England’s victory in the first Ashes Test in Cardiff has certainly raised the stakes in the current Ashes series. Before the first Test England were written off by many cricket critics and experts and given no chance. This included axed England batsman Kevin Pietersen who predicted a 5/0 whitewash of England.
England showed at Cardiff that they have found exciting new players in fast bowler Mark Wood, all-rounder Ben Stokes and wicketkeeper Jos Butler. Also, the performances of newer members of the team like Joe Roodt and Gary Balance are showing signs that they have taken to international cricket and belong there.
There are probably two positions that England need to resolve long term. The first being if Adam Lyth, in spite of his century against New Zealand is the correct opening partner for Alistair Cook. Also, if Moeen Ali can be more than a holding spinner who supports the fast bowlers but one who can win England Test matches on the fifth day.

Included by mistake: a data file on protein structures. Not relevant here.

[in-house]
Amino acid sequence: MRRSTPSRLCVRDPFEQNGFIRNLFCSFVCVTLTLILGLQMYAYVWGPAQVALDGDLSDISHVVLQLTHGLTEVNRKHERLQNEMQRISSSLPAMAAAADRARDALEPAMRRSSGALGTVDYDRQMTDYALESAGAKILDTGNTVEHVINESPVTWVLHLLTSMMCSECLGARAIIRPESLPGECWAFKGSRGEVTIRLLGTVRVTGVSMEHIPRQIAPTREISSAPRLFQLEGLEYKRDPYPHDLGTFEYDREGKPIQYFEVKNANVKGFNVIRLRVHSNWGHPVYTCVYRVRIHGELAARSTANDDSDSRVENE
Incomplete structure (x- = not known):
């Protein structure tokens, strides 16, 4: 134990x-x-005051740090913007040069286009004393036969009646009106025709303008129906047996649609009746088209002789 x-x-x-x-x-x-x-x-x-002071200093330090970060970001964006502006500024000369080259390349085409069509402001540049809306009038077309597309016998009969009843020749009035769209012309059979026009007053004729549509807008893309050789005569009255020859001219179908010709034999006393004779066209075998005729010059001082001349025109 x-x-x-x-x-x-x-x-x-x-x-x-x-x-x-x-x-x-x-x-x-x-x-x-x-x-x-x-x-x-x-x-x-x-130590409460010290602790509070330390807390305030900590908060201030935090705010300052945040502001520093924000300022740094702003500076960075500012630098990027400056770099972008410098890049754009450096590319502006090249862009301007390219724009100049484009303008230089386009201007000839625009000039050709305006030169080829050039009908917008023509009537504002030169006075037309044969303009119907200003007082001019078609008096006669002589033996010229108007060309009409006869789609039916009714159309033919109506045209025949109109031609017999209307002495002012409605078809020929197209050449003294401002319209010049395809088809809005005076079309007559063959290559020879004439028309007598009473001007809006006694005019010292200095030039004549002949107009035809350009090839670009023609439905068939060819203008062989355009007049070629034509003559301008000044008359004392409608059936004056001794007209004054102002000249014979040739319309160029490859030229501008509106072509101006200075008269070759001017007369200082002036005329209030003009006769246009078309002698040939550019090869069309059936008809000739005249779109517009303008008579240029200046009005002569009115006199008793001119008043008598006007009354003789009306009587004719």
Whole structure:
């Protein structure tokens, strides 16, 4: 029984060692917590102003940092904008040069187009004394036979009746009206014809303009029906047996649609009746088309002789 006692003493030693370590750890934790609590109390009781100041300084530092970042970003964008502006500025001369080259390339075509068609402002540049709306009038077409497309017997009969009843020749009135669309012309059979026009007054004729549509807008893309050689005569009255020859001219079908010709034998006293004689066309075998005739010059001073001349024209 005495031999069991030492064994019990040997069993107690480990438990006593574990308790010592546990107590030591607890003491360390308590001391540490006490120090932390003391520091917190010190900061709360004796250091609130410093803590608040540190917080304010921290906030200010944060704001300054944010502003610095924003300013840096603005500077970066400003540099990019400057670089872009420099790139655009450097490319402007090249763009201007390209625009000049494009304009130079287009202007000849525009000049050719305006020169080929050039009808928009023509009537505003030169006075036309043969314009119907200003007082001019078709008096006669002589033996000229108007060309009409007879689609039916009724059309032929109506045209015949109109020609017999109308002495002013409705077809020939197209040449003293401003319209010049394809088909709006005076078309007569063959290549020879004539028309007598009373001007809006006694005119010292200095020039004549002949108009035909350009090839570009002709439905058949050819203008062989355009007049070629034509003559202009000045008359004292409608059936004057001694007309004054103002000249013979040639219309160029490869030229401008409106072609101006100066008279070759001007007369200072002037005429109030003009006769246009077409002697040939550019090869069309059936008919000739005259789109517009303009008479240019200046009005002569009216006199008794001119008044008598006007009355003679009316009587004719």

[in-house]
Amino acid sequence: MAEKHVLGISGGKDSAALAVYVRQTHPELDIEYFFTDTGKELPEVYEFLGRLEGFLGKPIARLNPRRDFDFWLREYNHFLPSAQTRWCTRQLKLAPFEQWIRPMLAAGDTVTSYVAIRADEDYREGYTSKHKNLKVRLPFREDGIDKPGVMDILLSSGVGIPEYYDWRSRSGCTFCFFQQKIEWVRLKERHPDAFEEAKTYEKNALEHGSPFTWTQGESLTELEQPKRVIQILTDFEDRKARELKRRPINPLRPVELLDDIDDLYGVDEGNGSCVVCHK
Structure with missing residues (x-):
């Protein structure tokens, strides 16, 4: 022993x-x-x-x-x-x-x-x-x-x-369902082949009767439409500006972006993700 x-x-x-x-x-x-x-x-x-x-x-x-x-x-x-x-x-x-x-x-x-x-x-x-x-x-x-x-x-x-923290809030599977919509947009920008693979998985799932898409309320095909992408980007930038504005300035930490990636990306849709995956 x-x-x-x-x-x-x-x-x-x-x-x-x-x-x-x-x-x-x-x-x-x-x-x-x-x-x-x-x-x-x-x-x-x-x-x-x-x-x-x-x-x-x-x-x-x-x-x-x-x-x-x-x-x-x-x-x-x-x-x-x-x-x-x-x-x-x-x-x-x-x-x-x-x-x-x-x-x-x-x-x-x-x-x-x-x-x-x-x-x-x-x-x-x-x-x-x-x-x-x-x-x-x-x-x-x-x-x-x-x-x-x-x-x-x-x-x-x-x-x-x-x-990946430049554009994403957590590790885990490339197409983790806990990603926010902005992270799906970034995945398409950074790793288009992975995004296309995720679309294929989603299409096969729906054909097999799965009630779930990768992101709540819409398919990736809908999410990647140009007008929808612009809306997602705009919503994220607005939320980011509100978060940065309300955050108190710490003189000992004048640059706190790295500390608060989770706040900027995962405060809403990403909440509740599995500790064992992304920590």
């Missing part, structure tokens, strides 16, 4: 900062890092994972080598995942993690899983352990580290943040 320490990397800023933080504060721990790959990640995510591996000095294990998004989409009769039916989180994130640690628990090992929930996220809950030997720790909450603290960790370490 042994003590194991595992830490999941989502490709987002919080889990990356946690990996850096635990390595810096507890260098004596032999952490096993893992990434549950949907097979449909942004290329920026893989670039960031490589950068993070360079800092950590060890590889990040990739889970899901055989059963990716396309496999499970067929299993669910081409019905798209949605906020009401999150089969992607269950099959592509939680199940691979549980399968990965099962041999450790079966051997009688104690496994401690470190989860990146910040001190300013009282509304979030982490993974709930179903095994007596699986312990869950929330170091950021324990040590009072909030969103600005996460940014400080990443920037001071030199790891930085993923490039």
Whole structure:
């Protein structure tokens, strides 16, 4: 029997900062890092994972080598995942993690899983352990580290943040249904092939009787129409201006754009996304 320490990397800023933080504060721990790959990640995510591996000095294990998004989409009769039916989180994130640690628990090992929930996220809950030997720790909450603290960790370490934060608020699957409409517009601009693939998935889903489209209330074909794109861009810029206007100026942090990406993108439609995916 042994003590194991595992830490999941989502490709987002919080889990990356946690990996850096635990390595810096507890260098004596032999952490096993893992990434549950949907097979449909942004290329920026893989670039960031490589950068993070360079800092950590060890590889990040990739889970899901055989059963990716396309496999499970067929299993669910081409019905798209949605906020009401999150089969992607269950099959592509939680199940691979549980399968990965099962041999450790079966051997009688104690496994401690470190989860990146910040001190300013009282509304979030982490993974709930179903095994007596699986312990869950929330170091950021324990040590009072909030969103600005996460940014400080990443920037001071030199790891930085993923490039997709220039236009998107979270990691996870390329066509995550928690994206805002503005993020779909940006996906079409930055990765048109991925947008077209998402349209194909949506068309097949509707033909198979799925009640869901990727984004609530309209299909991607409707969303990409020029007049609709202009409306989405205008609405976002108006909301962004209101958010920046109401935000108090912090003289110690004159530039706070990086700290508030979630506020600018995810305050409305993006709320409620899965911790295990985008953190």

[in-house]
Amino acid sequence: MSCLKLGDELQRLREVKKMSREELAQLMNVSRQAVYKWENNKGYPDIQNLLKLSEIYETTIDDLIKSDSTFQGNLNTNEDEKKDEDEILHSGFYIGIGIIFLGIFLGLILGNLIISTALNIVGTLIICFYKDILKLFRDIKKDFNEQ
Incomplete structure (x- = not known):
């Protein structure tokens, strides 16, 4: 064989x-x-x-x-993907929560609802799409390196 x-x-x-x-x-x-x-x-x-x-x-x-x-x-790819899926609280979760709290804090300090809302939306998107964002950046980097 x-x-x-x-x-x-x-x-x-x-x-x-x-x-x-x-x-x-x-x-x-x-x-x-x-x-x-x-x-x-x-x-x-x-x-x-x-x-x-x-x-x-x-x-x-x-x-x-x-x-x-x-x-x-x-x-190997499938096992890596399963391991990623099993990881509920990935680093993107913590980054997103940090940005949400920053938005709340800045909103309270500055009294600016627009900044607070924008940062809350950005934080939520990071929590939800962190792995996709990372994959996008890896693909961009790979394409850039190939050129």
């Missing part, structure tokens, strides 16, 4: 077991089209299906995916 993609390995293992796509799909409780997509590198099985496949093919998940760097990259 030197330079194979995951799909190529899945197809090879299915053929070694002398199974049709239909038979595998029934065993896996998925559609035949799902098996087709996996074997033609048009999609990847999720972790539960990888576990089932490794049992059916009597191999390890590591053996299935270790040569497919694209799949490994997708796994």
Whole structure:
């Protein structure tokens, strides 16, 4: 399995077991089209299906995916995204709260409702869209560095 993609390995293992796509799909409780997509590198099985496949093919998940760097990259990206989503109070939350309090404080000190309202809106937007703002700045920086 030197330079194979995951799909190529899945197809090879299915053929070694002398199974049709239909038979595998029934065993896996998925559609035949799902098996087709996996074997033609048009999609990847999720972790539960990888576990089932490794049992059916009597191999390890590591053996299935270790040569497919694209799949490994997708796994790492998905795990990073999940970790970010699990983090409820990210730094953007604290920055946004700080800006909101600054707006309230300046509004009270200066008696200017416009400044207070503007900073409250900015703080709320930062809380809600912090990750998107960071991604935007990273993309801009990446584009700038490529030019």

England looks a much better team than the one that lost the Ashes in Australia. In fact they are regrouped into a well balanced and settled Test team that will be very competitive in the long term.
After Cardiff the Australian team looked the more vulnerable, especially, their batting. Except for David Warner and Steve Smith there must be some concerns around their batting. The captain Michael Clarke was seriously roughed up by the English fast bowlers and it will be interesting to see how he fares in the rest of the series. Also, they have now dropped the experienced Shane Watson for the Lords Test which shows that they are not entirely convinced with their batting.
However, Australia remains a good and competitive team at all times that plays with passion and old fashion guts. If Mitchell Johnson can find his consistency and form together with Mitchell Starc they could be match winners for Australia.
The rest of the series will once again be an enthralling contest between the two oldest countries playing Test cricket. England has once again shown that they are a difficult side to beat in English conditions.